Some previous researches showed that replacing mapping functions from the NMF to state-ofthe- art mapping functions such as VMF1 and GMF not only affect on tropospheric delay estimates but also influence vertical position estimates. Boehm et al. (2006a) analyzed the height changes by testing NMF, GMF, and VMF1 in GPS analysis, and found that the agreement between VMF1 and GMF is very good, but NMF had the largest difference in south of 45^{o}S, and in the northeastern China and Japan, with station height differences up to 10 mm. As well, Munekane et al. (2008) proved that it is possible to remove annual signals from the vertical GPS time-series by correctly modeling tropospheric delays, and that the precision of height time-series does improve when the latest mapping function was utilized.
In this paper, we analyzed the variation of tropospheric delays and vertical deformations caused by different mapping function in GPS data processing. To quantitatively estimate effects of tropospheric mapping functions, we used nine GPS stations located in the Korean peninsula and surrounding areas in the range of 20^{o}N - 40^{o}N and 110^{o}E - 145^{o}E. We processed the GPS data collected at the selected stations by using GIPSY-OASIS II for four years from January 2005 through December 2008. The nine permanent GPS stations used in this study are listed in Table 1 with their locations denoted in Figure 1.
The three mapping functions tested in this study commonly use the Herring type of continued fraction as shown in Equation (2), and each mapping has a different way of determining its coefficients (Herring 1992). The mapping function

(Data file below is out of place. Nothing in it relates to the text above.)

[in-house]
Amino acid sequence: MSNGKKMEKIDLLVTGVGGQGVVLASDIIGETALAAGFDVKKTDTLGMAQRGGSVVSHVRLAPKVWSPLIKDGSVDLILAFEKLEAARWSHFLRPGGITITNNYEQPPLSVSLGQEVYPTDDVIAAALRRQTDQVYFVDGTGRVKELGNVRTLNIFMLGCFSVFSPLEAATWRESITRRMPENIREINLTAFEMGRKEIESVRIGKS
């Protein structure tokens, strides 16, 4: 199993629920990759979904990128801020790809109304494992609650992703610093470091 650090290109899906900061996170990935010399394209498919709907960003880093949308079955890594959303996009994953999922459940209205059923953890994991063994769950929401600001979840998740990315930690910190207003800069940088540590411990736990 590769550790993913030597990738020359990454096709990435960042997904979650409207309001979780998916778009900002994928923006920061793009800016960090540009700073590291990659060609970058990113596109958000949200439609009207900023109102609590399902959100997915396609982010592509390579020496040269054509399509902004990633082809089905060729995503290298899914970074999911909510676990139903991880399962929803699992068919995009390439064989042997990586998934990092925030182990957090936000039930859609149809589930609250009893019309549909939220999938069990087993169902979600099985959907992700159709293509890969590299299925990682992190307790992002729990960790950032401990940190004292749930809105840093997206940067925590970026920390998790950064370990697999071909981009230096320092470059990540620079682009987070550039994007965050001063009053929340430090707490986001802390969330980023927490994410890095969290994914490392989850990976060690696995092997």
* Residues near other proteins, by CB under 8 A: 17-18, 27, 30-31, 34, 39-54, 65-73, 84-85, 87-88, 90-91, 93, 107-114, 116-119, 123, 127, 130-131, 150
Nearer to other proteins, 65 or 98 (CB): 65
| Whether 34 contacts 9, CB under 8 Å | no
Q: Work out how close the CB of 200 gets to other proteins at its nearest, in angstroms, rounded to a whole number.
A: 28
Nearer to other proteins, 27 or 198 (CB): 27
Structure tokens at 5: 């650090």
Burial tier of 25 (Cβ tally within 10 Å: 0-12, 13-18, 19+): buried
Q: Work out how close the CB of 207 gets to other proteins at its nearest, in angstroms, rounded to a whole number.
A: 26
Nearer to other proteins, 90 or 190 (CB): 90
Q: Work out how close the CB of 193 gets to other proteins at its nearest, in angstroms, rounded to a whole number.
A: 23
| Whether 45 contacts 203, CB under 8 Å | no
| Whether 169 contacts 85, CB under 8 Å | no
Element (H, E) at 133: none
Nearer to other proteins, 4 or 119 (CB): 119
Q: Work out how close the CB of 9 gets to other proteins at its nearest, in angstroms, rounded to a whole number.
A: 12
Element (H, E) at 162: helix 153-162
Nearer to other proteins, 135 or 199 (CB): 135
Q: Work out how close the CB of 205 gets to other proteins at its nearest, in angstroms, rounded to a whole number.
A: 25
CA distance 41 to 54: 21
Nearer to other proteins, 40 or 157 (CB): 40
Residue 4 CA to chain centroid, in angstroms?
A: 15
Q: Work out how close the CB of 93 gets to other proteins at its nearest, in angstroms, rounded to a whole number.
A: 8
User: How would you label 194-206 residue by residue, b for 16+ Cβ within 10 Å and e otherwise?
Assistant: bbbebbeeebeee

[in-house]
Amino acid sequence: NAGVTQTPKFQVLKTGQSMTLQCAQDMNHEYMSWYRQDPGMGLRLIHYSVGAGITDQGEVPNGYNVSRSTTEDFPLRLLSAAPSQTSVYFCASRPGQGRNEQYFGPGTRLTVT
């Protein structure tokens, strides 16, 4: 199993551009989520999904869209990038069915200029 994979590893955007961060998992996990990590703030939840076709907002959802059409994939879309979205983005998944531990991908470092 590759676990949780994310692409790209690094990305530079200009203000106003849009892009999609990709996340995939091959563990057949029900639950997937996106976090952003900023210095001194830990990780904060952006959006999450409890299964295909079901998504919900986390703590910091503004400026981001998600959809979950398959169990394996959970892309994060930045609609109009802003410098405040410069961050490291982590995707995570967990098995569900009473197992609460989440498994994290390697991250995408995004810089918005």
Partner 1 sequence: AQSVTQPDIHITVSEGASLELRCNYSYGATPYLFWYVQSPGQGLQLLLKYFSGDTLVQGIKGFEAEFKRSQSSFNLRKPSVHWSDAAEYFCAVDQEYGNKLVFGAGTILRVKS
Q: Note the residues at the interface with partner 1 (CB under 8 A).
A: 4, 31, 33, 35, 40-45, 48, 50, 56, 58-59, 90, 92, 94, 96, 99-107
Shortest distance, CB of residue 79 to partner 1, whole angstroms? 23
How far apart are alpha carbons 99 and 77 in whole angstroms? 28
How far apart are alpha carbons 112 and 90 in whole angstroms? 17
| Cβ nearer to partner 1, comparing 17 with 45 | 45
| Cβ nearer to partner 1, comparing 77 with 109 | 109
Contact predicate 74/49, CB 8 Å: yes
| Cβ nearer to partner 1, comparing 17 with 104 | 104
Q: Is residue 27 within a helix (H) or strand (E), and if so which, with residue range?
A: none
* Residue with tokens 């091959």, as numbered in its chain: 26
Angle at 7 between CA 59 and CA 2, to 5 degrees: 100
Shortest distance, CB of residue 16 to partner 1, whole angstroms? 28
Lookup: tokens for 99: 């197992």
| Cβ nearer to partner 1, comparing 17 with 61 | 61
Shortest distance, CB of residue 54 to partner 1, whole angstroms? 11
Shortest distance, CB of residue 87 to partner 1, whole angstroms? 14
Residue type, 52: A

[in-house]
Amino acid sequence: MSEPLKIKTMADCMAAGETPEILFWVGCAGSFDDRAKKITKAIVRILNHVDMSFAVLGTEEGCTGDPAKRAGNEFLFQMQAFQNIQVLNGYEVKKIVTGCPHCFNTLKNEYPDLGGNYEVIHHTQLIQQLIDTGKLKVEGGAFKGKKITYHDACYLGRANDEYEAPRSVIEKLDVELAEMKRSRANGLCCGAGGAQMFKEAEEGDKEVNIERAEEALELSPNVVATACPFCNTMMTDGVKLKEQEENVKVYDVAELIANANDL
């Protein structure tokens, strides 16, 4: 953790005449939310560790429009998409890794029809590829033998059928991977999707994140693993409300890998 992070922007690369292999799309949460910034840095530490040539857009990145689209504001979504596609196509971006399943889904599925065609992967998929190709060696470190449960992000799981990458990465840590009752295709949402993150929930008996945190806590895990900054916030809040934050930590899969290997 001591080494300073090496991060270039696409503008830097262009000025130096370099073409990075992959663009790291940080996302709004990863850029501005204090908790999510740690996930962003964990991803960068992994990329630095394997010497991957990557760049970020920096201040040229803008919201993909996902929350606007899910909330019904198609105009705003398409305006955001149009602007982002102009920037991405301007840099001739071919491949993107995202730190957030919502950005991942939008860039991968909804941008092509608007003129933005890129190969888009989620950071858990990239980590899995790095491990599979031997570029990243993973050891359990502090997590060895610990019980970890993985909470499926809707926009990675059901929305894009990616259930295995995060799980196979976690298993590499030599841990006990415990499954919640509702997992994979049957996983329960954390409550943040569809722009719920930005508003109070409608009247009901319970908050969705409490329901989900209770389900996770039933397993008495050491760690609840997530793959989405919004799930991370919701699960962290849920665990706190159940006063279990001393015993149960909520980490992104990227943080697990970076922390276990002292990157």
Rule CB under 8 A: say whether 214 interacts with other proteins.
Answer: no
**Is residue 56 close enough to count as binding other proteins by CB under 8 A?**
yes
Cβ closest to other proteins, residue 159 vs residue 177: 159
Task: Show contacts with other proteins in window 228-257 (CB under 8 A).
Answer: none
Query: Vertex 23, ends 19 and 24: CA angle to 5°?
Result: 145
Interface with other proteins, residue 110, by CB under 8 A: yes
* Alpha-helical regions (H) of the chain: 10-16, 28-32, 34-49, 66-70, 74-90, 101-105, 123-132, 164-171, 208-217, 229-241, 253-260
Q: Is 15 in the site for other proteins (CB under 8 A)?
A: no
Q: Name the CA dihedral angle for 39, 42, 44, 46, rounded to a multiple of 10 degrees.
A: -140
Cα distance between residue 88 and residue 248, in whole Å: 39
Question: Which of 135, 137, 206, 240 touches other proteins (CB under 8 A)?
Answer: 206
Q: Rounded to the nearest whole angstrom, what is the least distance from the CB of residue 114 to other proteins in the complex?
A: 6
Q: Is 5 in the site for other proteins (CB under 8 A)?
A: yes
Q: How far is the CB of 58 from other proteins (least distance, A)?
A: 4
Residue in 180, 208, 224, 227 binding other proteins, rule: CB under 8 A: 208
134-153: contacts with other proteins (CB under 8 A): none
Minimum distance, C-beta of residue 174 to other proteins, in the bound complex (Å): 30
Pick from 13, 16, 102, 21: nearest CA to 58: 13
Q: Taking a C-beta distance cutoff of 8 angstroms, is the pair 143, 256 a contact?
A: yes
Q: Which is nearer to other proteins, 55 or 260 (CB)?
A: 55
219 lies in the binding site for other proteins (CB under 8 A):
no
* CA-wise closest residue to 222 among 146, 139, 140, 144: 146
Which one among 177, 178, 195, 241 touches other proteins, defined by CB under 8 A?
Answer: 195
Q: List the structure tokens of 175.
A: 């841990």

For NMF, VMF1, and GMF, the coefficients
NMF sets its coefficients by applying ray-tracing to nine elevation angles from 3^{o} to 90^{o} on radiosonde data, which had been collected for one year between 1987 and 1988 (Niell 1996). The coefficients are provided only at four latitudes; 15, 30, 45, and 60^{o}N. Thus, for a site not located at those four latitudes, the coefficients should be determined by linear interpolation. The coefficients of the wet mapping function are defined as a constant by latitude, and those of the hydrostatic mapping function are defined as a function of latitude and observation time as follows (Niell 1996):
In the Equation (3), φ is the site latitude and Day-of-Year (DOY) is the date based on UT (Universal Time).
The hydrostatic mapping function of NMF needs correction terms to make up for the heightdifference of observation site. Therefore, the hydrostatic mapping function of NMF should be redefinedas Equation (4) with correction terms: